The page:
Siemens to cut 2,300 jobs

The cell phone maker's mobile communications group plans to eliminate the positions by the end of its fiscal year, a move undertaken as part of a broader restructuring program.

Dawn Kawamoto
Dawn Kawamoto Former Staff writer, CNET News
Dawn Kawamoto covered enterprise security and financial news relating to technology for CNET News.
2 min read
Siemens AG announced Wednesday that its mobile communications group plans to cut 2,300 positions by the end of its fiscal year, a move undertaken as part of a broader restructuring program.

Like most other cell phone makers, Siemens is hurting from three years of slowing worldwide cell phone sales and shrinking corporate spending on information technology. The Siemens unit that's devoted to making equipment for cell phone networks continues to suffer as well, as carriers cancel plans to build newer networks.

Siemens said its Information and Communication Mobile Group will cut 8 percent of its work force in an effort to offset lingering weakness in the mobile telecommunications market. The division also plans to slash nearly $1.2 billion in costs through September 2004, the company said. Siemens mobile includes cell phones, infrastructure and applications software.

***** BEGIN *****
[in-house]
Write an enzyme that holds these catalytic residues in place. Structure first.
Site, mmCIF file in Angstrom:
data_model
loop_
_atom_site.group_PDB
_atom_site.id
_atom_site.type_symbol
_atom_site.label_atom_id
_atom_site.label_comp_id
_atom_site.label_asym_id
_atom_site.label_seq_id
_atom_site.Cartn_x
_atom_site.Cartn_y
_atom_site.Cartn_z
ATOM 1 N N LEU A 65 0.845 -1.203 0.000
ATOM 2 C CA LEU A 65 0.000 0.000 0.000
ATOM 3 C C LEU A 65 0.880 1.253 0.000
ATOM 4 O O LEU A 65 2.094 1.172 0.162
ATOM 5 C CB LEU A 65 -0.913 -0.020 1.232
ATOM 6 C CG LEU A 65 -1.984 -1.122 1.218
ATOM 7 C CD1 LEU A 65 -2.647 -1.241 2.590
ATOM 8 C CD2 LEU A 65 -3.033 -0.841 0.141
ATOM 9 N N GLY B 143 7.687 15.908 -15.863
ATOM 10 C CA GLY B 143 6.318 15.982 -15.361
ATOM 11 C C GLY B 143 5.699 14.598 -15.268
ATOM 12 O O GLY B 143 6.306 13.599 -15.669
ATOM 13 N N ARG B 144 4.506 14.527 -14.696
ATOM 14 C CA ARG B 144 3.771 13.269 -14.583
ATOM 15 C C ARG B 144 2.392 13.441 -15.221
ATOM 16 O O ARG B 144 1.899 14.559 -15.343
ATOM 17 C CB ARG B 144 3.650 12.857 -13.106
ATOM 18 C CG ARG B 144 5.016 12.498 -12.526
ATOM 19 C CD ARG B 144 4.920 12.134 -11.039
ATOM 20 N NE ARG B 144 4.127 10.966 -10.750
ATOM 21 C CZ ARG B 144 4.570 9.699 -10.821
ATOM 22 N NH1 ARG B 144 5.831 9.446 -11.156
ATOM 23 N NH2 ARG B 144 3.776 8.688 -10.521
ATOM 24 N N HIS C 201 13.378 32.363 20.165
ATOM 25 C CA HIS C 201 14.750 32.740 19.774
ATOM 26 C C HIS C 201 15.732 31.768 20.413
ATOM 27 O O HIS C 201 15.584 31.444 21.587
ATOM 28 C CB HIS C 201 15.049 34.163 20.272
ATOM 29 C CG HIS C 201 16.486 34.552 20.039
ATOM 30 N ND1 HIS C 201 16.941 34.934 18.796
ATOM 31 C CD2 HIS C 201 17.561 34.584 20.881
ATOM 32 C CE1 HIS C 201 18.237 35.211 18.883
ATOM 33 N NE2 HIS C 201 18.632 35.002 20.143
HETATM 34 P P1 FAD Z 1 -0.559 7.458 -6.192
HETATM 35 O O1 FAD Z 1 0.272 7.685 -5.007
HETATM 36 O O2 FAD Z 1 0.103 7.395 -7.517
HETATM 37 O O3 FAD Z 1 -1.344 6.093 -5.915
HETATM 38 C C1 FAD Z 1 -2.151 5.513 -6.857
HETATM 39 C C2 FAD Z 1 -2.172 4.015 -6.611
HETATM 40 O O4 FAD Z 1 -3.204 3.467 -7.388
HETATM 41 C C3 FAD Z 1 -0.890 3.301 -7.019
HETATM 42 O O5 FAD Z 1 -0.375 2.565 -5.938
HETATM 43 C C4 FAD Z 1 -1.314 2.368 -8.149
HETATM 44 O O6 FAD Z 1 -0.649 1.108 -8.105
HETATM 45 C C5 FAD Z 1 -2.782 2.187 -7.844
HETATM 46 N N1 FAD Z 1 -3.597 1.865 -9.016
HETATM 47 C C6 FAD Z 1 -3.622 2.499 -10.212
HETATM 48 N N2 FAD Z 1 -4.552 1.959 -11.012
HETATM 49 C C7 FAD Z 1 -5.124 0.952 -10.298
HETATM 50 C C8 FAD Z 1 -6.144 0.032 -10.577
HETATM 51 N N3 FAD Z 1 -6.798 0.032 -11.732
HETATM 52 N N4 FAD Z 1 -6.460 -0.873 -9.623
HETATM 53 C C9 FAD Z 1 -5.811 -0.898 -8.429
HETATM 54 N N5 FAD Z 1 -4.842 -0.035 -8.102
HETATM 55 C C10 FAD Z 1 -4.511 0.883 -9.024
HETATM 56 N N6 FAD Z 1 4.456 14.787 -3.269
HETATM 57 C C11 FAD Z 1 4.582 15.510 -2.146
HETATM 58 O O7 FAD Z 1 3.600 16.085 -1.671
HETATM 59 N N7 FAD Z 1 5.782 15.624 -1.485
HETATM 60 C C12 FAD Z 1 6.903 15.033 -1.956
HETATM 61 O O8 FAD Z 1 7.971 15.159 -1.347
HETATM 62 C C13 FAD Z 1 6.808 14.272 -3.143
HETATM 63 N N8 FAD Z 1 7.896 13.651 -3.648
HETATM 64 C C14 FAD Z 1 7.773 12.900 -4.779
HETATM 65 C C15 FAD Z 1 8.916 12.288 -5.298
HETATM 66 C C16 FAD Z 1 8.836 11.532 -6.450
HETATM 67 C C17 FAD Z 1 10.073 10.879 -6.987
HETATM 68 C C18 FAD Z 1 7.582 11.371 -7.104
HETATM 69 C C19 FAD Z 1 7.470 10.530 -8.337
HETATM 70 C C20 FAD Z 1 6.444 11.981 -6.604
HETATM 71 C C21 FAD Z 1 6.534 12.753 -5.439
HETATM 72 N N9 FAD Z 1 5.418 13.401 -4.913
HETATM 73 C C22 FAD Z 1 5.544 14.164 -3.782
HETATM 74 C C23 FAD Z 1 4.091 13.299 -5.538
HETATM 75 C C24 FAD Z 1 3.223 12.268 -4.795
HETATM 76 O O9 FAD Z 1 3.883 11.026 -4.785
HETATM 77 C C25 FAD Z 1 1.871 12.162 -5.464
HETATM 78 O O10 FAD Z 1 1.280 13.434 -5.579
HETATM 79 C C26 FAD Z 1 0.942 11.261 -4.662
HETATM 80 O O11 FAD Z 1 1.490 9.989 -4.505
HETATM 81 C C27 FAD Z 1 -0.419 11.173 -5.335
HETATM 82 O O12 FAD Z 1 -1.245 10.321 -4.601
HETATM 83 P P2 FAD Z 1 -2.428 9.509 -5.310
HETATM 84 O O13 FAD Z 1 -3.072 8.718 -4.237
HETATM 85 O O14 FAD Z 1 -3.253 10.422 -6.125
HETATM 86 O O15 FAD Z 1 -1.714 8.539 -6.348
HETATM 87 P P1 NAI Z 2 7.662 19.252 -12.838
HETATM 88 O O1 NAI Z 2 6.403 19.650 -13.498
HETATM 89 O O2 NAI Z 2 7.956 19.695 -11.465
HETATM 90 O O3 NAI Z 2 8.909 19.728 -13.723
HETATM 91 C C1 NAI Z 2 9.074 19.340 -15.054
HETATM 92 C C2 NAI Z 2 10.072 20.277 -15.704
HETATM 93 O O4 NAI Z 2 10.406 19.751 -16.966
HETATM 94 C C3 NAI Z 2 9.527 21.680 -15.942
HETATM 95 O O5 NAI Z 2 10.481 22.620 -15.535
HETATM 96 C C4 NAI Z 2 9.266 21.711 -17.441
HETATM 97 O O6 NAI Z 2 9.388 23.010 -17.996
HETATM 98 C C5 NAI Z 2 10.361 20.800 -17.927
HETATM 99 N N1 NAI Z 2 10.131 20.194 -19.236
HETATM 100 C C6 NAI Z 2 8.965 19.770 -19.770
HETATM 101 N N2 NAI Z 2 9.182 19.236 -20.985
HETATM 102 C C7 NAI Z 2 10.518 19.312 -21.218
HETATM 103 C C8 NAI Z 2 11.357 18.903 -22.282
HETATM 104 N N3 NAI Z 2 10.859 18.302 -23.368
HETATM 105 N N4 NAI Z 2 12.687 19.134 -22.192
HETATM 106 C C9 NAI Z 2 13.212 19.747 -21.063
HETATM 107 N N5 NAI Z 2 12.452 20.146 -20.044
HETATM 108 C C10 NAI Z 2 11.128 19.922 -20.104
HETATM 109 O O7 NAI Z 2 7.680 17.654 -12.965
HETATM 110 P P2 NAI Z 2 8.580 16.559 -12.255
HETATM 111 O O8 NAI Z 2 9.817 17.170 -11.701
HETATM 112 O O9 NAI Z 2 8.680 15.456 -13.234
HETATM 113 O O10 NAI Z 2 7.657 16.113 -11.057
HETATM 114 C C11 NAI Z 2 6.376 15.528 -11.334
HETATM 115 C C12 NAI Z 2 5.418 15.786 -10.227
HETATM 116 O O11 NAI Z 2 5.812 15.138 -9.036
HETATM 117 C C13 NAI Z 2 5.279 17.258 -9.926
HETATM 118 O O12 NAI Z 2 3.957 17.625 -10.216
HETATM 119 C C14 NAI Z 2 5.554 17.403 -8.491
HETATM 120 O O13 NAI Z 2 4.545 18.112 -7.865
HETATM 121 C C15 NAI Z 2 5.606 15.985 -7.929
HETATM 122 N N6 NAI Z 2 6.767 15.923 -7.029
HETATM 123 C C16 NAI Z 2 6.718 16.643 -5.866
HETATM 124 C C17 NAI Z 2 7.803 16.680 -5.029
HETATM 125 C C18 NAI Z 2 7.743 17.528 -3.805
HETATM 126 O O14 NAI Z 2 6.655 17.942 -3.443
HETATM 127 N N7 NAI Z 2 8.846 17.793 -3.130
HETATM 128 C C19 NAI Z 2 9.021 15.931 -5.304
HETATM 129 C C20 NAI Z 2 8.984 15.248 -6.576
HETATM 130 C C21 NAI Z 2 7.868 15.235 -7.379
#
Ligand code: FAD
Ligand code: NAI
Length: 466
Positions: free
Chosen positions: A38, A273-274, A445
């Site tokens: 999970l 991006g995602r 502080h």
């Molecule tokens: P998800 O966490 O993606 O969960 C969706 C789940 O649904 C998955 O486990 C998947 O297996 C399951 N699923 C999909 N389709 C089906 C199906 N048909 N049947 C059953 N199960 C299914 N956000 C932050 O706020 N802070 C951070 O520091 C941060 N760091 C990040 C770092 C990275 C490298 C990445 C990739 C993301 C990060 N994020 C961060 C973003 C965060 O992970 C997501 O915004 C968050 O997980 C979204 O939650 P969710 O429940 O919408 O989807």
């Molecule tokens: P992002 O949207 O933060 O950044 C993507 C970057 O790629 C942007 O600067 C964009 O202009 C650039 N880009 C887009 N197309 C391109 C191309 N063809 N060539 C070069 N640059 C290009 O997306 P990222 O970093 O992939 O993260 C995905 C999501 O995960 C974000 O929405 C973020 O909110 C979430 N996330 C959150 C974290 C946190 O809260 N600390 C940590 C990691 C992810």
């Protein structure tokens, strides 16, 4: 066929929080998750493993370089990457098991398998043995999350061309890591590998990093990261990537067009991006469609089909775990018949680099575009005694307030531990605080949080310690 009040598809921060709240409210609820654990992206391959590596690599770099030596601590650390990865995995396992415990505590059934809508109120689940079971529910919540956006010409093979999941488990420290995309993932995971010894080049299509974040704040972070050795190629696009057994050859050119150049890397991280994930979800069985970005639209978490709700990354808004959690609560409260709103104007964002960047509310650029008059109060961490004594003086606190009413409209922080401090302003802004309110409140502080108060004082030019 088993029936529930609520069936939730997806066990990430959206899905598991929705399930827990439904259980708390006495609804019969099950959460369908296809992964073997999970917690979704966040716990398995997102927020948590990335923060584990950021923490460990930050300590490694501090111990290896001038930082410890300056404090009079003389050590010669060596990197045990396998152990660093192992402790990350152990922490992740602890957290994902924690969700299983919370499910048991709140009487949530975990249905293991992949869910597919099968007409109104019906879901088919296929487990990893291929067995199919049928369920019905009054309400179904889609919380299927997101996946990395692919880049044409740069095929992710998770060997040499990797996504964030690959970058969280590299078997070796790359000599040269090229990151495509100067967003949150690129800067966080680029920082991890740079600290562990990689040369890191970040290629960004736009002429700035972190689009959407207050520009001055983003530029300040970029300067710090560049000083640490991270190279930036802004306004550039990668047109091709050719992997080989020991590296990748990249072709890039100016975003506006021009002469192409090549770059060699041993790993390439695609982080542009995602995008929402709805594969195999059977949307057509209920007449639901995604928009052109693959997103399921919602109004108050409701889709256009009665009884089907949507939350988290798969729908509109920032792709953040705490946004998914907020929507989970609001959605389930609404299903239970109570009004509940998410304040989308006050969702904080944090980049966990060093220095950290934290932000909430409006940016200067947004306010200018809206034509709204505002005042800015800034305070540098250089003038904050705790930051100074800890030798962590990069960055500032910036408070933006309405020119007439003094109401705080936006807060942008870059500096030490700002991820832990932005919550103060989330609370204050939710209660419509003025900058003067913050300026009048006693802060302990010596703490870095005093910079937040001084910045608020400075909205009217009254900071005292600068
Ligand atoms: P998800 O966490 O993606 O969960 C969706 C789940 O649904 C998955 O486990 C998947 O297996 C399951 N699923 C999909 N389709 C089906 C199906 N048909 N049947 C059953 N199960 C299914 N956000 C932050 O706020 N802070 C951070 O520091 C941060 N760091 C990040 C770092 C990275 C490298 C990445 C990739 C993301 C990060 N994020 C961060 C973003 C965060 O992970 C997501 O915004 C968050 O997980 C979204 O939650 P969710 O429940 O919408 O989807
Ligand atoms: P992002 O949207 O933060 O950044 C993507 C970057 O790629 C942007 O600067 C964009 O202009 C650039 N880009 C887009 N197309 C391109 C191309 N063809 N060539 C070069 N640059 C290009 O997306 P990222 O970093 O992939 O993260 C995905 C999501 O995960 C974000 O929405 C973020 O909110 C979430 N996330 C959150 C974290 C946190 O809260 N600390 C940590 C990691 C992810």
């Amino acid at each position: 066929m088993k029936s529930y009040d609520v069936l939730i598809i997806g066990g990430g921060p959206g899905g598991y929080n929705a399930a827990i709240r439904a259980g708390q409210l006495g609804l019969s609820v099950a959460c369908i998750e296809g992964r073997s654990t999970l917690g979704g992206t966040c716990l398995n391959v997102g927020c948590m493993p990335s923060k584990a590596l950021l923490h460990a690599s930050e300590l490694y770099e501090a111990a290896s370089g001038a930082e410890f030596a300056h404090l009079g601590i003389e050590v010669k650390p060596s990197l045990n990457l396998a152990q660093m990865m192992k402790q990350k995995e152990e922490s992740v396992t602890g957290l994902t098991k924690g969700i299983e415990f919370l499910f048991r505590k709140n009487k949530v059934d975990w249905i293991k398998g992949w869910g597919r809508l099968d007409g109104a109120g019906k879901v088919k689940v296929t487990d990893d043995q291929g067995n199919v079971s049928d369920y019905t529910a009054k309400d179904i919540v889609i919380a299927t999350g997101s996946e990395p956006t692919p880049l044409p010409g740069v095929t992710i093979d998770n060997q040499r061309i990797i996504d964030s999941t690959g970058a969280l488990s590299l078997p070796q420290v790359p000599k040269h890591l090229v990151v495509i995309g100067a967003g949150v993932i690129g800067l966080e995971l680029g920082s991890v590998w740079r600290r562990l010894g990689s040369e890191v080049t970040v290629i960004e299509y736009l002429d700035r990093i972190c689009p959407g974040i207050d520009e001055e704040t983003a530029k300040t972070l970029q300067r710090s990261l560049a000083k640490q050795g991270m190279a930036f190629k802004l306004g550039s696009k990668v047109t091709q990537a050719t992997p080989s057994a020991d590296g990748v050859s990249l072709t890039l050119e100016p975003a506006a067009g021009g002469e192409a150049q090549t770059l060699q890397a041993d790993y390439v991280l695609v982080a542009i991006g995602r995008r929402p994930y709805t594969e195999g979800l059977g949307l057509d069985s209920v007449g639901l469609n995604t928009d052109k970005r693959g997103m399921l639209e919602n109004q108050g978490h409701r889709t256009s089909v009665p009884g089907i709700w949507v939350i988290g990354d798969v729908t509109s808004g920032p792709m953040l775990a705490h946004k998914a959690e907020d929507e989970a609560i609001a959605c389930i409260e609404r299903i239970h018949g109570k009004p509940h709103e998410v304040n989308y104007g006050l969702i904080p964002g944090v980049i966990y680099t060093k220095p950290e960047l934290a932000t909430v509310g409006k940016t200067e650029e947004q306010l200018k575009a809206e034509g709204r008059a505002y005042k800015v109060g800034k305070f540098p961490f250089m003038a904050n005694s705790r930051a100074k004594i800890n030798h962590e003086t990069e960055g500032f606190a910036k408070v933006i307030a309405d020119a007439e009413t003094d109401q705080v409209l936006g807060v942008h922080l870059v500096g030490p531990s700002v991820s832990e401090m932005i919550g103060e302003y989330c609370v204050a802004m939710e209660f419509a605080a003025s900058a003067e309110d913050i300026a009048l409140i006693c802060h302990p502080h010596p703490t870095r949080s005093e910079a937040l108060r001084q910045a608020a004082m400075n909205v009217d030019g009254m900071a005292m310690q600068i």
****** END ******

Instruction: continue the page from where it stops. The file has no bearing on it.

"The world market for mobile communication networks already declined by 15 percent last year. This year, the market will contract by up to 20 percent," said Rudi Lamprecht, head of Siemens' mobile communications group, in a statement.

While mobile phone shipments are on the rise, prices are under pressure because of growing competition, according to a recent Gartner report. Lamprecht agrees.

"Sales in the mobile phone market are stagnating, in spite of higher volumes," Lamprecht said. "Business at all layers is under considerable pressure on (profit) margins."

In the quarter ended June 30, the mobile unit posted a 14 percent year-over-year decline in sales and a 2 percent drop in orders, based on figures adjusted for fluctuations in currency. Although the unit posted a profit, a number of one-time gains played a contributing role.